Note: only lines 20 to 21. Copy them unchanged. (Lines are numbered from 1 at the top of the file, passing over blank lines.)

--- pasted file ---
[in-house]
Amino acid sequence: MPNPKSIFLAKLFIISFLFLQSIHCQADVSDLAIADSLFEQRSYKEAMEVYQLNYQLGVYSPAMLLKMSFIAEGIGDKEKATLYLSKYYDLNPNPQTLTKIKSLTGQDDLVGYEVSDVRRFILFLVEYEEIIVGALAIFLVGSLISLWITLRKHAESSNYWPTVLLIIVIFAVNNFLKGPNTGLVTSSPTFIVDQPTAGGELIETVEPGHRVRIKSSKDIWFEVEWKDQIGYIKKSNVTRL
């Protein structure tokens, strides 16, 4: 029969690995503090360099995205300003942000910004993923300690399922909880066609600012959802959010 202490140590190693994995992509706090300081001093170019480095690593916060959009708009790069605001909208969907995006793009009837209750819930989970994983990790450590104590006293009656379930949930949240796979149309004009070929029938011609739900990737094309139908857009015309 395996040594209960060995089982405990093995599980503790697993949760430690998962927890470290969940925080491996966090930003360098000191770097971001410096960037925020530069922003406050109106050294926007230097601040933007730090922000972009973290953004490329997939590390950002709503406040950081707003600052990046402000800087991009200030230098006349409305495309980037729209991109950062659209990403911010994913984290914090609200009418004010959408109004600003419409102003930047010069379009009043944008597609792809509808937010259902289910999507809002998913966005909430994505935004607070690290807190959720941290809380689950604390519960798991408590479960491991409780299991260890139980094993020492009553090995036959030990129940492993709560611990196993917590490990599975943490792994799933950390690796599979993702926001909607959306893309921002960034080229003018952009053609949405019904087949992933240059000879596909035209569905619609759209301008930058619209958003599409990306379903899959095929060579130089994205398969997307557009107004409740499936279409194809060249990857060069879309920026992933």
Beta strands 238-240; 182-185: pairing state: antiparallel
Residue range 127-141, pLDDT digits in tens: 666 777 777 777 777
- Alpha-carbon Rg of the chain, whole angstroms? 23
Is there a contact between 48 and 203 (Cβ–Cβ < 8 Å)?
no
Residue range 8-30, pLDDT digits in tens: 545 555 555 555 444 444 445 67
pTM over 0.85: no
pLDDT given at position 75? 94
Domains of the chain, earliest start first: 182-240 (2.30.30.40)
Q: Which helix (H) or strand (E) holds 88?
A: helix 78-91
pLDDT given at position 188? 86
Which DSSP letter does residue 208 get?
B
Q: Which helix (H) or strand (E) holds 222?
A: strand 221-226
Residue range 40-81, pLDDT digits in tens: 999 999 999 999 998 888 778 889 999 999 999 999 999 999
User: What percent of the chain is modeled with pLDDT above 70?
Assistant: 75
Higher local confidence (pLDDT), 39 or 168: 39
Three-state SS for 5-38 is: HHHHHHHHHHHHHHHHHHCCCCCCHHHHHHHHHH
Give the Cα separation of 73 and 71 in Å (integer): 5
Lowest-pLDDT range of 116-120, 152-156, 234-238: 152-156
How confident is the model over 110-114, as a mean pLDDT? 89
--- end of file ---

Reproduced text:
Residue range 40-81, pLDDT digits in tens: 999 999 999 999 998 888 778 889 999 999 999 999 999 999
User: What percent of the chain is modeled with pLDDT above 70?